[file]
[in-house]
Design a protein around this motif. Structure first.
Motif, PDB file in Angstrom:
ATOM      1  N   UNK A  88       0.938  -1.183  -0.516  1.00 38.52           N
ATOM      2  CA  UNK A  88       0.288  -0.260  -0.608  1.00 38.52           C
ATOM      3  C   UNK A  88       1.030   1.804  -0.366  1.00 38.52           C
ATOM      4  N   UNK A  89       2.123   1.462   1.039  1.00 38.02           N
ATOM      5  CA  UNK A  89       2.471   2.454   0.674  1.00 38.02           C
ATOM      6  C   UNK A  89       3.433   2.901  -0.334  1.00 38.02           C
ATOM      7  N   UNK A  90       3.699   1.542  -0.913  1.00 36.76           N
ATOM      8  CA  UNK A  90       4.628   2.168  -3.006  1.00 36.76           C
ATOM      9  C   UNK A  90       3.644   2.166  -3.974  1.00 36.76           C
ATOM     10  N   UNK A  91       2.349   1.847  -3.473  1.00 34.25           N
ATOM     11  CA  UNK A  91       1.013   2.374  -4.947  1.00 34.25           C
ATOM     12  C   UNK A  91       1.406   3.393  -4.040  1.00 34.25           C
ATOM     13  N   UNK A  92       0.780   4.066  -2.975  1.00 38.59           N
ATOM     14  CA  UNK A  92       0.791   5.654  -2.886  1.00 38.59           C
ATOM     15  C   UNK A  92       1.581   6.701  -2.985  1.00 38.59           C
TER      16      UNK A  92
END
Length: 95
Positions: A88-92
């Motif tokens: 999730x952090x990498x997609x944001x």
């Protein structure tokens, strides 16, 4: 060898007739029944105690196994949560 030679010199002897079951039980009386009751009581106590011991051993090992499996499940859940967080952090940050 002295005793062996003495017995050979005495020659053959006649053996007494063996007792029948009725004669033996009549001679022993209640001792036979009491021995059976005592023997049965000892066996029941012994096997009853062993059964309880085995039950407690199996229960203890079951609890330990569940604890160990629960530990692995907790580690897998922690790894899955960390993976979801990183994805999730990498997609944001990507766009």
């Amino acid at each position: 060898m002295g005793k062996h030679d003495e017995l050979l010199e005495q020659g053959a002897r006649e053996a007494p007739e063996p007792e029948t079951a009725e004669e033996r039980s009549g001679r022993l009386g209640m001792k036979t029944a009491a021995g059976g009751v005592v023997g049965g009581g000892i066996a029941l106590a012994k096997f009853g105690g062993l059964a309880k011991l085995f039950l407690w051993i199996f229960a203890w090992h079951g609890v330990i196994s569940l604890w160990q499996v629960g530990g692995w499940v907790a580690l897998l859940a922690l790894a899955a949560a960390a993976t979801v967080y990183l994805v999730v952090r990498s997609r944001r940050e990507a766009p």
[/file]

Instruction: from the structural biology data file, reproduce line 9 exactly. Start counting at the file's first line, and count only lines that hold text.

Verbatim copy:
ATOM      6  C   UNK A  89       3.433   2.901  -0.334  1.00 38.02           C